The Conference Board Leading Economic Index® (LEI) for the U.S. Declined Slightly
Index Still Points to Slow But Expanding Economy Through Early 2020
The Conference Board Leading Economic Index® (LEI)for theU.S. declined 0.1 percent in September to 111.9 (2016 = 100), following a 0.2 percent decline in August, and a 0.4 percent increase in July.
“The US LEI declined in September because of weaknesses in the manufacturing sector and the interest rate spread which were only partially offset by rising stock prices and a positive contribution from the Leading Credit Index,” said Ataman Ozyildirim, Senior Director of Economic Research at The Conference Board. “The LEI reflects uncertainty in the outlook and falling business expectations, brought on by the downturn in the industrial sector and trade disputes. Looking ahead, the LEI is consistent with an economy that is still growing, albeit more slowly, through the end of the year and into 2020.”
The Conference Board Coincident Economic Index® (CEI) for the U.S. was unchanged in September, remaining at 106.4 (2016 = 100), following a 0.3 percent increase in August, and no change in July.
The Conference Board Lagging Economic Index® (LAG) for the U.S. increased 0.1 percent in September to 108.3 (2016 = 100), following a 0.4 percent decline in August, and a 0.7 percent increase in July.
About The Conference Board Leading Economic Index® (LEI) for the U.S.
The composite economic indexes are the key elements in an analytic system designed to signal peaks and troughs in the business cycle. The leading, coincident, and lagging economic indexes are essentially composite averages of several individual leading, coincident, or lagging indicators. They are constructed to summarize and reveal common turning point patterns in economic data in a clearer and more convincing manner than any individual component – primarily because they smooth out some of the volatility of individual components.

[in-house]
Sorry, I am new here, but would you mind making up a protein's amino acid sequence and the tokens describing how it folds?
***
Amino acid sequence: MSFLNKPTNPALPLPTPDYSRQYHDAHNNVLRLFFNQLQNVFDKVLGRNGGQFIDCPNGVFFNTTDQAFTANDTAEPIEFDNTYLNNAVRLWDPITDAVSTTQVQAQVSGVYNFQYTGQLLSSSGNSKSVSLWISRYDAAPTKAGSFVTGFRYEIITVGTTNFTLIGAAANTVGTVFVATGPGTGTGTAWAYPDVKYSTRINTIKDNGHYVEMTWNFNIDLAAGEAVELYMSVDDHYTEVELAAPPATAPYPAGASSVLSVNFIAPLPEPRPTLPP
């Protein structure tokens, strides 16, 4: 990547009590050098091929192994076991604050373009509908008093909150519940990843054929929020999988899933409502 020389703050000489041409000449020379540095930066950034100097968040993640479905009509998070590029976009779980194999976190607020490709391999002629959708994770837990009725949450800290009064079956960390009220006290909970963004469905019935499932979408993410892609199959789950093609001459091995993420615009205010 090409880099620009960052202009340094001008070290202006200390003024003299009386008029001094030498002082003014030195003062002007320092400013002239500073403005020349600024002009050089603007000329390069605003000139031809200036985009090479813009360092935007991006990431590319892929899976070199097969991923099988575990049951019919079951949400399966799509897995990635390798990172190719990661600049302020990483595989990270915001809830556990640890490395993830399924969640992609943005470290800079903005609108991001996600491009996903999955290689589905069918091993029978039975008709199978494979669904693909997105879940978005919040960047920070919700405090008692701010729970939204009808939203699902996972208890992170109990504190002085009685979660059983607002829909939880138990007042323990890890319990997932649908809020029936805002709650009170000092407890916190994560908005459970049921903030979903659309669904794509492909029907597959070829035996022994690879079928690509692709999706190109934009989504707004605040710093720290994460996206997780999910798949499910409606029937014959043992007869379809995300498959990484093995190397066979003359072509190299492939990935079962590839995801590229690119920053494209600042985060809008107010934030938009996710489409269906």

The ten components of The Conference Board Leading Economic Index® for the U.S. include:
Average weekly hours, manufacturing
Average weekly initial claims for unemployment insurance
Manufacturers’ new orders, consumer goods and materials
ISM® Index of New Orders
Manufacturers' new orders, nondefense capital goods excluding aircraft orders
Building permits, new private housing units
Stock prices, 500 common stocks
Leading Credit Index™
Interest rate spread, 10-year Treasury bonds less federal funds
Average consumer expectations for business conditions
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About The Conference Board
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